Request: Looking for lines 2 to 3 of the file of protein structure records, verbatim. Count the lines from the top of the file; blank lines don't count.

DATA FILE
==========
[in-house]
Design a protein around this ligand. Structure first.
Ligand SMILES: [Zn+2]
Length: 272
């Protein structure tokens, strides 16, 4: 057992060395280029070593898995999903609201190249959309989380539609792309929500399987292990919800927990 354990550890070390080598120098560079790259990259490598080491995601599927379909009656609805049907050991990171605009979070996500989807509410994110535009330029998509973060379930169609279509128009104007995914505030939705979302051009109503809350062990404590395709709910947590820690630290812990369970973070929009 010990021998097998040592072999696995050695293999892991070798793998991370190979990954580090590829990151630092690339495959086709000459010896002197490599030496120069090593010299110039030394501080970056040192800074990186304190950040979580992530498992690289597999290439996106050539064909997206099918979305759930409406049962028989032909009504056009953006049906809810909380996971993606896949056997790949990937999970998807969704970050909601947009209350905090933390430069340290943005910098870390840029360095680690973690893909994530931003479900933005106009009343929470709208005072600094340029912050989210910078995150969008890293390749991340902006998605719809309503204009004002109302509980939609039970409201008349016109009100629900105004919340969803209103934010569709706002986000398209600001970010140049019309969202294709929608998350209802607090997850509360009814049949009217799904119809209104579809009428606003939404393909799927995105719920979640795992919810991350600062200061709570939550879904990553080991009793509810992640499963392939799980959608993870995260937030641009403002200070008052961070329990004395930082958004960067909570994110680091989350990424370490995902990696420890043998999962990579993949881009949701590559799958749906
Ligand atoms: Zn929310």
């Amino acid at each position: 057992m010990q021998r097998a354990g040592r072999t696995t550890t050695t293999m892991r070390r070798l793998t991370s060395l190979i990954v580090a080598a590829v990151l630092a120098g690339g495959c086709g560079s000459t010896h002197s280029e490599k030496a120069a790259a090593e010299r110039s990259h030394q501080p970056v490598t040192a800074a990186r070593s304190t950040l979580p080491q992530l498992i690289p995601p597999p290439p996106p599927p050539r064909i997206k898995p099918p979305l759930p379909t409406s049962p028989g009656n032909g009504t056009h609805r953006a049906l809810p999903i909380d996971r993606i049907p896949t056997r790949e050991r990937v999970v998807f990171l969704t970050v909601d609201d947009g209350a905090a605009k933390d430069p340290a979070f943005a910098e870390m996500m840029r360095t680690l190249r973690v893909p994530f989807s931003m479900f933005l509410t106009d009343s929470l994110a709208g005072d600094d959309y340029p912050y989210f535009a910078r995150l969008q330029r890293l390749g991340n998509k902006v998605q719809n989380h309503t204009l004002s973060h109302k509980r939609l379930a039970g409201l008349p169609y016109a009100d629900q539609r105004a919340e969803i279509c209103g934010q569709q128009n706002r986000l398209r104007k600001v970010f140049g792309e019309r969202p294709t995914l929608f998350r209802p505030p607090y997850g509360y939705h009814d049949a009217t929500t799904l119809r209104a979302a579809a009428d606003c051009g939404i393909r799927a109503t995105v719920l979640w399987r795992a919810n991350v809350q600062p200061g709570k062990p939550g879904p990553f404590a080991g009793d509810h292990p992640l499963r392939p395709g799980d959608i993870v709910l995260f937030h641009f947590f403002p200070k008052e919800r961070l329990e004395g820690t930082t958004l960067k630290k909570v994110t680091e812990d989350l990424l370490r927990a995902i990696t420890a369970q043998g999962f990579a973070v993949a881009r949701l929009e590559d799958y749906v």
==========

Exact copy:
Design a protein around this ligand. Structure first.
Ligand SMILES: [Zn+2]